This year, RWJF’s Health Policy Fellows were given a unique opportunity to help shape health care reform at a pivotal moment in the policy-making process. “Each year we have a larger, more enthusiastic group at the Fellow’s annual Synergy Workshop,” said Marie Michnich, Dr.P.H., director of health policy education programs and fellowships for the Institute of Medicine, "but this year was different because we are right in the middle of reform and the Fellows and Alumni are definitely part of the engine that’s driving health care reform.”
Robert Wood Johnson Health Policy Fellow (2007-2008) Deborah Trautman, Ph.D., R.N., aide to House Speaker Nancy Pelosi, updated Synergy group members on congressional action on health reform. And group members broke into workgroups to craft proposals intended to add context and vision to the final reform bills being formulated for the September House session beginning this week. “Each group’s recommendations were given to the seven Fellows currently working in key committees,” Michnich said, noting that this year’s group was particularly diverse. “We had nurse executives, clinical scholars, scientists, economists, clinicians; it was an almost perfect confluence of the Robert Wood Johnson Foundation’s investment and effort to contribute to the health care reform process.”
“This year’s group also got a good grasp of the complexity of policy-making,” Michnich said. “They learned that this is about much more than presenting good research. They had a chance to meet and talk with different interest groups. We talk about evidence-based discussions, but this climate let Fellows and Scholars see—up close—that there’s a lot more involved, such as values, the realities of the budget and legitimate disagreements between powerful groups. We hope this will help them to become part of the entire process,” Michnich continued. “That it will help them understand that this is a marathon, not a sprint, and they have a role to impart by helping people look at the real world problems related to health care.”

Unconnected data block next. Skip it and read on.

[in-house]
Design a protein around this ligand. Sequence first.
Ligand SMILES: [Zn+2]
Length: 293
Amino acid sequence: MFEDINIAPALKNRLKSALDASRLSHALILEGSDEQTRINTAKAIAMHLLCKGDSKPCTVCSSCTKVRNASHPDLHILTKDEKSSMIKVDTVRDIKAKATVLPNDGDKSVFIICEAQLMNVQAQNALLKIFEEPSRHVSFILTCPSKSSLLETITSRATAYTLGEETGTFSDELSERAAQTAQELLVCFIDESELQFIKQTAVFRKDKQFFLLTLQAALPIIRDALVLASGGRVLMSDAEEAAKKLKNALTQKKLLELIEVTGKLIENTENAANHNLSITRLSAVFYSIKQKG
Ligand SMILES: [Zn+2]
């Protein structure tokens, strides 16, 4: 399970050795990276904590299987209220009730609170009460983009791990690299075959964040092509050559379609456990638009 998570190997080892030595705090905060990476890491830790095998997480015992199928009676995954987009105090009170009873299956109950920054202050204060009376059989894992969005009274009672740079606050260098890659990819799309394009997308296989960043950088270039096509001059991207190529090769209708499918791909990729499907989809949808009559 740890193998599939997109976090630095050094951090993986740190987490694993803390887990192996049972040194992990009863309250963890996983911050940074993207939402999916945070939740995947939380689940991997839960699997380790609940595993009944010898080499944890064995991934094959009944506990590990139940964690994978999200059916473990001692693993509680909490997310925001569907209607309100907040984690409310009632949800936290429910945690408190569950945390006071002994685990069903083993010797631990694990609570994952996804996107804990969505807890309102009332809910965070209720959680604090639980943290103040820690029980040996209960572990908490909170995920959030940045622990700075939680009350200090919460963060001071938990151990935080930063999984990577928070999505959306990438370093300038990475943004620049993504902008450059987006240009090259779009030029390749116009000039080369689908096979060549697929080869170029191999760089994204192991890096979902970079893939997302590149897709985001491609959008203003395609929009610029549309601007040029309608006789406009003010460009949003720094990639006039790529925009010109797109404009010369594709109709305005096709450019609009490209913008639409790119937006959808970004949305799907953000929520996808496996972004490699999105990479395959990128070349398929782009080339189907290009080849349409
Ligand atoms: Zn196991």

The group’s key recommendations include: A call for funding community-based networks of health care workers to help address disparities; creating quality indicators to assist in the monitoring and implementation of certain types of care; developing a pay for performance system for elder care; Medicare reform; increasing insurance enrollment and retention of uninsured children; encouraging education models to create greater access to primary care; increasing the number of advanced practice nurses; funding for nursing education; and designing demonstration projects for new models of care.
The 2009 session was the fifth, annual Synergy Workshop. The Health Policy Fellows is a national program of the Robert Wood Johnson Foundation, conducted with assistance from the Institute of Medicine of the National Academies. For additional information, log onto www.healthpolicyfellows.org.